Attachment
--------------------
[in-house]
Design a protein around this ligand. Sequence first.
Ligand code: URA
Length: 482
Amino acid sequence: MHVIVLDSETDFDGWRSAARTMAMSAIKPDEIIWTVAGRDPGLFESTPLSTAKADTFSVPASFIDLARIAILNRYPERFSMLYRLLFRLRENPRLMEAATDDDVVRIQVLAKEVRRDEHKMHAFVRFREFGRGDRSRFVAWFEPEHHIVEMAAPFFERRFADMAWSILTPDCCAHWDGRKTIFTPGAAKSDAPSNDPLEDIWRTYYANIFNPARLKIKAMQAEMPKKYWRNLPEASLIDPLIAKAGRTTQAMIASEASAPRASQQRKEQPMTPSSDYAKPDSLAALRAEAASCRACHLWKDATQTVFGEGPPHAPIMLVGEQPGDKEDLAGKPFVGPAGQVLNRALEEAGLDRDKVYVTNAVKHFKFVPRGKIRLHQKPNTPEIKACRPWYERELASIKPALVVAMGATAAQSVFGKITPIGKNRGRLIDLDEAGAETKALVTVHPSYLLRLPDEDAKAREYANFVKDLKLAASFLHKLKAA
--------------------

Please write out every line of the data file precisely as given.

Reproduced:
[in-house]
Design a protein around this ligand. Sequence first.
Ligand code: URA
Length: 482
Amino acid sequence: MHVIVLDSETDFDGWRSAARTMAMSAIKPDEIIWTVAGRDPGLFESTPLSTAKADTFSVPASFIDLARIAILNRYPERFSMLYRLLFRLRENPRLMEAATDDDVVRIQVLAKEVRRDEHKMHAFVRFREFGRGDRSRFVAWFEPEHHIVEMAAPFFERRFADMAWSILTPDCCAHWDGRKTIFTPGAAKSDAPSNDPLEDIWRTYYANIFNPARLKIKAMQAEMPKKYWRNLPEASLIDPLIAKAGRTTQAMIASEASAPRASQQRKEQPMTPSSDYAKPDSLAALRAEAASCRACHLWKDATQTVFGEGPPHAPIMLVGEQPGDKEDLAGKPFVGPAGQVLNRALEEAGLDRDKVYVTNAVKHFKFVPRGKIRLHQKPNTPEIKACRPWYERELASIKPALVVAMGATAAQSVFGKITPIGKNRGRLIDLDEAGAETKALVTVHPSYLLRLPDEDAKAREYANFVKDLKLAASFLHKLKAA